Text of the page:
In our childhood, we grew up with the idea that the shells of tortoises are their houses. But the shell is a part of their body and is made of multiple scutes. These bony plates give protection to the internal organs and can vary in number, shape, or size.
So, what are tortoise scutes? Tortoise scutes are thick and hard scales on the top and belly sides. But top scutes are different from belly scutes. Tortoises typically have 13 top scutes.
You will learn more about the tortoise scute anatomy, and its classifications, and find answers to your questions related to tortoise scutes. Let’s get started.
What Are Tortoise Scutes?
Tortoise scutes are hard scales that make the tortoise shell. You will also find scutes on the lower shell or the plastron, but they are different. The carapace or the upper shell is the dome-like shape that we see from the outside.
If you look closely, it consists of 13 dorsal scutes or epidermal laminae. Dorsal scutes refer to the scutes on the dorsal or top side of the shell. These scutes are divided into two categories, vertebral and coastal scutes. Marginal scutes are also there, but I will talk about them a bit later. Scutes are made of keratin, just like our fingernails.
There is no blood supply to the keratin tissue, so these tissues are technically dead. They also don’t have any nerves. But these scutes grow as tortoises grow. And some aquatic turtle species shed their scutes.
In the case of land tortoises, rings are formed as the scutes grow. On the tortoise carapace, growth rings will appear at a rate of one ring per year.
So, you can tell the age of a tortoise by checking the number of rings on the scute. You can also assume the gender of a tortoise by looking at the scutes. In the next section, I will go over different types of scutes tortoises have on the upper and lower sides of their shell.
Scute Anatomy of Tortoise
Scutes on a tortoise shell can be of two types, one on the carapace and the other on the plastron. Let’s take a closer look at them.
Five different types of dorsal scutes are present on the carapace. They sit on the fused bony carapace and are visible from the outside. Here is a detailed overview of carapace scutes.
1. Nuchal Scute
The nuchal scute is the first scute behind the head. It is typically smaller than the scutes on the back but larger than the marginal scutes around the shell. This scute protects the neck area of the tortoise.
2. Central Scute
It is a part of the vertebral scutes and is positioned in the middle of the back. When seen from a side, this is the topmost scute. And this is a single scute.
3. Precentral Scutes
Precentral scutes are similar to the central scute and are arranged in the same line. There are two precentral scutes before and after the central scute. One central and four precentral scutes are known as vertebral scutes together. Most tortoises have five vertebral scutes in general.
4. Lateral Scutes
These scutes are positioned beside the vertebral scutes. On each side, you will commonly find four lateral or coastal scutes. So, a total of eight coastal scutes are present on tortoises. The vertebral scutes and coastal scutes are known as top scutes together. So, there will be a total of 13 top scutes in most cases.
5. Marginal Scutes
Smaller scutes along the edge are known as marginal scutes. They start from and end at the nuchal scute and are arranged like a perimeter around the carapace. The number of marginal scutes can vary depending on the species and age of the tortoise. But there will be 24 marginal scutes in general.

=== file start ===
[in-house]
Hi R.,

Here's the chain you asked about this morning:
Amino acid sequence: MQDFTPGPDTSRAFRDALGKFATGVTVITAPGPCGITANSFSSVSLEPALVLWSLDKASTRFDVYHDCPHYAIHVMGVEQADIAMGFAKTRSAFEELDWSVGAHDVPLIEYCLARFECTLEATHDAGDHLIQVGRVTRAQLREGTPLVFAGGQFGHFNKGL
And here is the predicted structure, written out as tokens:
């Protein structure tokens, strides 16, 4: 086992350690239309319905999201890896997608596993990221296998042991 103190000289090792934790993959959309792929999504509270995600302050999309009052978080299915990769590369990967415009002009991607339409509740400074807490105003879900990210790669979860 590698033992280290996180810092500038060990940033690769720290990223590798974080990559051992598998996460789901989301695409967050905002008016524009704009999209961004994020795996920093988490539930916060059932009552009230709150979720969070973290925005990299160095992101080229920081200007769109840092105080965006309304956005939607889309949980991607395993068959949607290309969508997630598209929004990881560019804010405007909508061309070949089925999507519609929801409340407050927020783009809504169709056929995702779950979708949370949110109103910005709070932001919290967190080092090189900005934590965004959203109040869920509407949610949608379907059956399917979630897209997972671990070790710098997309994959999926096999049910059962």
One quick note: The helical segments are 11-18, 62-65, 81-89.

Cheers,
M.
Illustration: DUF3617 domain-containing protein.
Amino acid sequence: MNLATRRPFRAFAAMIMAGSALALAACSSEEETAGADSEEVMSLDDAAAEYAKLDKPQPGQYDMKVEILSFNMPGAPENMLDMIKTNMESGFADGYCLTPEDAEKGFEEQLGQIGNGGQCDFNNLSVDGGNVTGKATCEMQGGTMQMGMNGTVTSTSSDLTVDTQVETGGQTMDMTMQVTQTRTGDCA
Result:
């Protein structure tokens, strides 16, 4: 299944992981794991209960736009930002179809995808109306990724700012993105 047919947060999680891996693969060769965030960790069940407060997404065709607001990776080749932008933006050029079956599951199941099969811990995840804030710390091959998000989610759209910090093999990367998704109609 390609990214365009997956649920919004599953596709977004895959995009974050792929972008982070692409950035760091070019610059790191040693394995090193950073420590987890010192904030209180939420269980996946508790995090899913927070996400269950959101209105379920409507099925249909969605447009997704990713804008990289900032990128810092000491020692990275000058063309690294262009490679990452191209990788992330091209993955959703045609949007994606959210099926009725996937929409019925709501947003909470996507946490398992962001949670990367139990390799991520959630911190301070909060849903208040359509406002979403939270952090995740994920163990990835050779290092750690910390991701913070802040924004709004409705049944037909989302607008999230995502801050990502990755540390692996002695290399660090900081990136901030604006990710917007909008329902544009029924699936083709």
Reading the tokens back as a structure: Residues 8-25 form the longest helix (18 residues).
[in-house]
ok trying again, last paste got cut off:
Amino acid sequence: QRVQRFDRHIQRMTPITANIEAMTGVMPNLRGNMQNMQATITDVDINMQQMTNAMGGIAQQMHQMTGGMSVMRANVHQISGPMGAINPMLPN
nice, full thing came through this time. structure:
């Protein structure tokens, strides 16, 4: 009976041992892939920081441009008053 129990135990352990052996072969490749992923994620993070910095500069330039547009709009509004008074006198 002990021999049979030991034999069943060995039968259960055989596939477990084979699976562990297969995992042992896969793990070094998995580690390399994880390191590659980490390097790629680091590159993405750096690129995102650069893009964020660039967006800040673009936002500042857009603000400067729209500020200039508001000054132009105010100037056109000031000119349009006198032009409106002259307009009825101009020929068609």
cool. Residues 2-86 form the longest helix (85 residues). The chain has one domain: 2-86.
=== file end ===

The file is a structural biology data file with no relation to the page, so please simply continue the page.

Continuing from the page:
Like the scutes on the top of the carapace, tortoises have scutes on the bony plates of the plastron. These are located on the belly side and aren’t easily visible until you turn the tortoise upside down. Scutes on the bottom side are also known as ventral scutes. Here is a detailed overview of these scutes.
1. Gular Scutes
Like nuchal scutes, gular scutes are the first scute pair after the head. So, you should find them beneath the nuchal scutes.
2. Humeral Scutes
The scute structure changes a bit here. Unlike the top scutes, tortoises have scute pairs that stretch all the way to the marginal scutes. The first scute pair after gular scutes are called humeral scutes.
3. Pectoral Scutes
These are slightly larger than humeral scutes and positioned behind them. You will see two pectoral scutes here.
4. Abdominal Scutes
Abdominal scutes are the pair of scutes after pectoral scutes and they are the largest scutes on the plastron.
5. Femoral Scutes
Femoral scutes follow the abdominal scutes and are slightly smaller than the abdominal scutes.
6. Anal Scutes
At the very end of the plastron, you will see two anal scutes. These scutes are often triangular in shape.
Here are answers to some frequently asked questions about tortoise scutes.
The plastron scutes of male tortoises are more concave, but female tortoises have flat plastron scutes. And anal scutes of male tortoises are rounded, but female tortoises have pointy anal scutes.
Here is a video that can help you:
In general, a tortoise shell has about 34 scutes, including the vertebral, coastal, marginal, and nuchal scutes. But some tortoises may have 32 scutes.
No. Land tortoises don’t shed scutes. Only a few aquatic turtle species may shed their scutes.
Tortoise shell is an interesting thing to watch but many of us don’t know about the building blocks of this shell. The scales that make the shell on the dorsal and ventral sides are known as tortoise scutes. These hard scales protect tortoises from predators and abrasions.
The pattern of dorsal and ventral scutes is totally different. Dorsal scutes can be of five types and ventral scutes can be of six types. Besides learning about the shell anatomy of tortoises, you can easily identify the gender of tortoises with the shape of these scutes.